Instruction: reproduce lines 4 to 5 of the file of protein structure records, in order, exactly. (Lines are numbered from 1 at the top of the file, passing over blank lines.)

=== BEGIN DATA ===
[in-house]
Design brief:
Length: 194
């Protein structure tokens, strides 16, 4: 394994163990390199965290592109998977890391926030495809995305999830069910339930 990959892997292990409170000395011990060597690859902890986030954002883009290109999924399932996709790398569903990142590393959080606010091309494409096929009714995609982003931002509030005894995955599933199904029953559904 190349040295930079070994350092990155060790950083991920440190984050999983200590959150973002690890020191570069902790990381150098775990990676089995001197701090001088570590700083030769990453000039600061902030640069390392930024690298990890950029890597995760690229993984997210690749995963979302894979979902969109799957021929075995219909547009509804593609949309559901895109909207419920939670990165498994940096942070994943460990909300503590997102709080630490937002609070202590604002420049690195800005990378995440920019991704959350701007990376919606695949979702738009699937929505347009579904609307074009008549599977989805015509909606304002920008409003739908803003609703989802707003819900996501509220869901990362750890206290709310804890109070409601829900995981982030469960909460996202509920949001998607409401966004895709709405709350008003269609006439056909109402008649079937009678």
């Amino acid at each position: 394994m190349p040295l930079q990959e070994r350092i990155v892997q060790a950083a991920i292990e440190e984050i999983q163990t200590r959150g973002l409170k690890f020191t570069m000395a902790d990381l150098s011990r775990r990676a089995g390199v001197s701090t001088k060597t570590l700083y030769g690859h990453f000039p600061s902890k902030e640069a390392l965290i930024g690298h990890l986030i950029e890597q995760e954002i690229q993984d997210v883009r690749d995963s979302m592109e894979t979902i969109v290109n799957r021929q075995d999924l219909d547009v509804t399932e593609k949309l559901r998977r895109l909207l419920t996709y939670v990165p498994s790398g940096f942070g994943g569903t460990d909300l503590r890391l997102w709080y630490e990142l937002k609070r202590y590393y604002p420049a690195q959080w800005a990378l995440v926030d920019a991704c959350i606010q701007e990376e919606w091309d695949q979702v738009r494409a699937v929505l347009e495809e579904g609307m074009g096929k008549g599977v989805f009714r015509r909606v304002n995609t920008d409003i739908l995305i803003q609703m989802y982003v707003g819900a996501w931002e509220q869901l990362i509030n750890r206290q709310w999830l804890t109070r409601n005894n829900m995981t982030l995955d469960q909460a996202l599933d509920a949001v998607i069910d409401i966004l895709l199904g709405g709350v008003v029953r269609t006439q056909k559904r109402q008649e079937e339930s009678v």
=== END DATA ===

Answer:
């Protein structure tokens, strides 16, 4: 394994163990390199965290592109998977890391926030495809995305999830069910339930 990959892997292990409170000395011990060597690859902890986030954002883009290109999924399932996709790398569903990142590393959080606010091309494409096929009714995609982003931002509030005894995955599933199904029953559904 190349040295930079070994350092990155060790950083991920440190984050999983200590959150973002690890020191570069902790990381150098775990990676089995001197701090001088570590700083030769990453000039600061902030640069390392930024690298990890950029890597995760690229993984997210690749995963979302894979979902969109799957021929075995219909547009509804593609949309559901895109909207419920939670990165498994940096942070994943460990909300503590997102709080630490937002609070202590604002420049690195800005990378995440920019991704959350701007990376919606695949979702738009699937929505347009579904609307074009008549599977989805015509909606304002920008409003739908803003609703989802707003819900996501509220869901990362750890206290709310804890109070409601829900995981982030469960909460996202509920949001998607409401966004895709709405709350008003269609006439056909109402008649079937009678």
């Amino acid at each position: 394994m190349p040295l930079q990959e070994r350092i990155v892997q060790a950083a991920i292990e440190e984050i999983q163990t200590r959150g973002l409170k690890f020191t570069m000395a902790d990381l150098s011990r775990r990676a089995g390199v001197s701090t001088k060597t570590l700083y030769g690859h990453f000039p600061s902890k902030e640069a390392l965290i930024g690298h990890l986030i950029e890597q995760e954002i690229q993984d997210v883009r690749d995963s979302m592109e894979t979902i969109v290109n799957r021929q075995d999924l219909d547009v509804t399932e593609k949309l559901r998977r895109l909207l419920t996709y939670v990165p498994s790398g940096f942070g994943g569903t460990d909300l503590r890391l997102w709080y630490e990142l937002k609070r202590y590393y604002p420049a690195q959080w800005a990378l995440v926030d920019a991704c959350i606010q701007e990376e919606w091309d695949q979702v738009r494409a699937v929505l347009e495809e579904g609307m074009g096929k008549g599977v989805f009714r015509r909606v304002n995609t920008d409003i739908l995305i803003q609703m989802y982003v707003g819900a996501w931002e509220q869901l990362i509030n750890r206290q709310w999830l804890t109070r409601n005894n829900m995981t982030l995955d469960q909460a996202l599933d509920a949001v998607i069910d409401i966004l895709l199904g709405g709350v008003v029953r269609t006439q056909k559904r109402q008649e079937e339930s009678v």